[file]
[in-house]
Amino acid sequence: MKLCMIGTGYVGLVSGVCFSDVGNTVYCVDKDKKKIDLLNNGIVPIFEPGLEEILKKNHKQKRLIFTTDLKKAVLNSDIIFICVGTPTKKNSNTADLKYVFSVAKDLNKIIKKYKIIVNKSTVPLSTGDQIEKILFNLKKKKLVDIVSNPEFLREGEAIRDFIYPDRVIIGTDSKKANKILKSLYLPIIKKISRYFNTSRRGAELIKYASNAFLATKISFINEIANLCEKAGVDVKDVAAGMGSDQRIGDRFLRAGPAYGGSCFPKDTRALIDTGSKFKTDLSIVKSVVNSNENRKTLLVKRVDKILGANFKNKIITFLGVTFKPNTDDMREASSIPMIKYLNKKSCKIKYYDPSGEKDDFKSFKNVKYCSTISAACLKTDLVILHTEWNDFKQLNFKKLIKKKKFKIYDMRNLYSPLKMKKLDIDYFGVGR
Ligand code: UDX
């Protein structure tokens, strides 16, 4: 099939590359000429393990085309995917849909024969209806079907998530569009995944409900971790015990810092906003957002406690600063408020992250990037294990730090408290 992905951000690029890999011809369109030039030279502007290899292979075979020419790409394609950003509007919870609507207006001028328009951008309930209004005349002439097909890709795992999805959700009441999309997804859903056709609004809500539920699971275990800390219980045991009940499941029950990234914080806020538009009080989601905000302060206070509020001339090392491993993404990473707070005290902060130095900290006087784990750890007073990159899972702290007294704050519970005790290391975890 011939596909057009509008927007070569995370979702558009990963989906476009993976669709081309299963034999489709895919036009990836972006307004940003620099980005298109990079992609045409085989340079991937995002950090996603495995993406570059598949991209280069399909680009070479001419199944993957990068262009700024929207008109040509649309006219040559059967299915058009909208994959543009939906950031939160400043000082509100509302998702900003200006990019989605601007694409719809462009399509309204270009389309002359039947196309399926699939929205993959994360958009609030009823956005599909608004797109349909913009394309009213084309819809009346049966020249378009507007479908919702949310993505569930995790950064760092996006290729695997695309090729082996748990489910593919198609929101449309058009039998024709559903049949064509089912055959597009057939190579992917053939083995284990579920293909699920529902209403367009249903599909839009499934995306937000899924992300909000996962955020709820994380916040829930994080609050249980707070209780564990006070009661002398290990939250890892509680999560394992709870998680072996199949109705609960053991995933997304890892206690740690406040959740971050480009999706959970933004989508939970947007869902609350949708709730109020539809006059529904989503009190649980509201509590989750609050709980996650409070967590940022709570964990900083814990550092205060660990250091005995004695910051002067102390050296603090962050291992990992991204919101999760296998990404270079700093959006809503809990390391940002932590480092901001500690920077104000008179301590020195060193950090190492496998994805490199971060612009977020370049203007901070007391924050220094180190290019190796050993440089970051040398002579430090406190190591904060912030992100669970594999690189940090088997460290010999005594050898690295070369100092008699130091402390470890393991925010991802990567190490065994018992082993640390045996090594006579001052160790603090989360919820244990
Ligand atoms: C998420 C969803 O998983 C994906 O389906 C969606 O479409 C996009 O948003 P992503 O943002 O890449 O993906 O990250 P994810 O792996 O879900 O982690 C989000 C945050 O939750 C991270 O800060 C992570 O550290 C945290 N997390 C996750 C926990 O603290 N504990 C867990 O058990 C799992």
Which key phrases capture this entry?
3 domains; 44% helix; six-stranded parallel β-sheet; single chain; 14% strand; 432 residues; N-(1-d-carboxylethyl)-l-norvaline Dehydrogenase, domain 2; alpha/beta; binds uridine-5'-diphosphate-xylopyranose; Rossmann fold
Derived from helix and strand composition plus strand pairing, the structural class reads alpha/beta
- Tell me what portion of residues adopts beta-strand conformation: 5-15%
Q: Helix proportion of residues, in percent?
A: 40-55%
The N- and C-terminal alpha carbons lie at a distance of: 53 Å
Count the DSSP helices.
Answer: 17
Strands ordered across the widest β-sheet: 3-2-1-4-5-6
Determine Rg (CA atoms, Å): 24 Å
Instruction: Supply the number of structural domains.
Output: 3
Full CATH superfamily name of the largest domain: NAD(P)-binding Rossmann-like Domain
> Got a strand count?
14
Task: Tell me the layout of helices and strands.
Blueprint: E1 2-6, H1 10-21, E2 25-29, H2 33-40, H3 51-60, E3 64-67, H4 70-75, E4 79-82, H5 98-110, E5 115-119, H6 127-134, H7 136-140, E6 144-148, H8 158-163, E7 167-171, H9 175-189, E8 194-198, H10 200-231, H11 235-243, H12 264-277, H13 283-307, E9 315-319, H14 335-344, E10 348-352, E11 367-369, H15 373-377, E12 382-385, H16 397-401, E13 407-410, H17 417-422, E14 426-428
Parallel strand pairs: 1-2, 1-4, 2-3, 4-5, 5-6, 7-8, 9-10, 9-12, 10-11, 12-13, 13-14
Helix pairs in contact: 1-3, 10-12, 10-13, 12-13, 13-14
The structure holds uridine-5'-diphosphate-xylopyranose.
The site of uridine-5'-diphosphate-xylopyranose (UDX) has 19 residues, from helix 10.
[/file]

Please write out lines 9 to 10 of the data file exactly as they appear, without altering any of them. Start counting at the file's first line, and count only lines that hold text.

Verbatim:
- Tell me what portion of residues adopts beta-strand conformation: 5-15%
Q: Helix proportion of residues, in percent?